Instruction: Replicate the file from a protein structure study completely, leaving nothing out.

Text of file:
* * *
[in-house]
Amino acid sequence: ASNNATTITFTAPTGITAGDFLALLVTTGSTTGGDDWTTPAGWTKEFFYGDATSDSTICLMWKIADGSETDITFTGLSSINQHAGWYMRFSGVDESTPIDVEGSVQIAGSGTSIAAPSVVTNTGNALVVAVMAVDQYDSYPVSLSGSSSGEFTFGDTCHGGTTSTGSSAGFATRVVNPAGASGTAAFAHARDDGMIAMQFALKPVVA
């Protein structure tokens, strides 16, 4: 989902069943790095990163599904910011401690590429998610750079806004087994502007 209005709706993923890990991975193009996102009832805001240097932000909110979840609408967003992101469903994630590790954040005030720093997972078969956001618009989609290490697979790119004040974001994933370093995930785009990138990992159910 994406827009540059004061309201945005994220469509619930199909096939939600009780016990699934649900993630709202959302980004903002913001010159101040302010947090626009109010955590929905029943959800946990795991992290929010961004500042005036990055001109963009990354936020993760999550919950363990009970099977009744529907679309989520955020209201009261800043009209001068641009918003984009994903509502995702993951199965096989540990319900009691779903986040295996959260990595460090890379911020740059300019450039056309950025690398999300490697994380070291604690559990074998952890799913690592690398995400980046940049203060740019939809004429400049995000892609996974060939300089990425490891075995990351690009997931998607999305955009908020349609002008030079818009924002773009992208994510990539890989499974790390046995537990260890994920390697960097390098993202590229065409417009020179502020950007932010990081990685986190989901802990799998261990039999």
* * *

[in-house]
Amino acid sequence: ASNNATTITFTAPTGITAGDFLALLVTTGSTTGGDDWTTPAGWTKEFFYGDATSDSTICLMWKIADGSETDITFTGLSSINQHAGWYMRFSGVDESTPIDVEGSVQIAGSGTSIAAPSVVTNTGNALVVAVMAVDQYDSYPVSLSGSSSGEFTFGDTCHGGTTSTGSSAGFATRVVNPAGASGTAAFAHARDDGMIAMQFALKPVVA
């Protein structure tokens, strides 16, 4: 989902069943790095990163599904910011401690590429998610750079806004087994502007 209005709706993923890990991975193009996102009832805001240097932000909110979840609408967003992101469903994630590790954040005030720093997972078969956001618009989609290490697979790119004040974001994933370093995930785009990138990992159910 994406827009540059004061309201945005994220469509619930199909096939939600009780016990699934649900993630709202959302980004903002913001010159101040302010947090626009109010955590929905029943959800946990795991992290929010961004500042005036990055001109963009990354936020993760999550919950363990009970099977009744529907679309989520955020209201009261800043009209001068641009918003984009994903509502995702993951199965096989540990319900009691779903986040295996959260990595460090890379911020740059300019450039056309950025690398999300490697994380070291604690559990074998952890799913690592690398995400980046940049203060740019939809004429400049995000892609996974060939300089990425490891075995990351690009997931998607999305955009908020349609002008030079818009924002773009992208994510990539890989499974790390046995537990260890994920390697960097390098993202590229065409417009020179502020950007932010990081990685986190989901802990799998261990039999």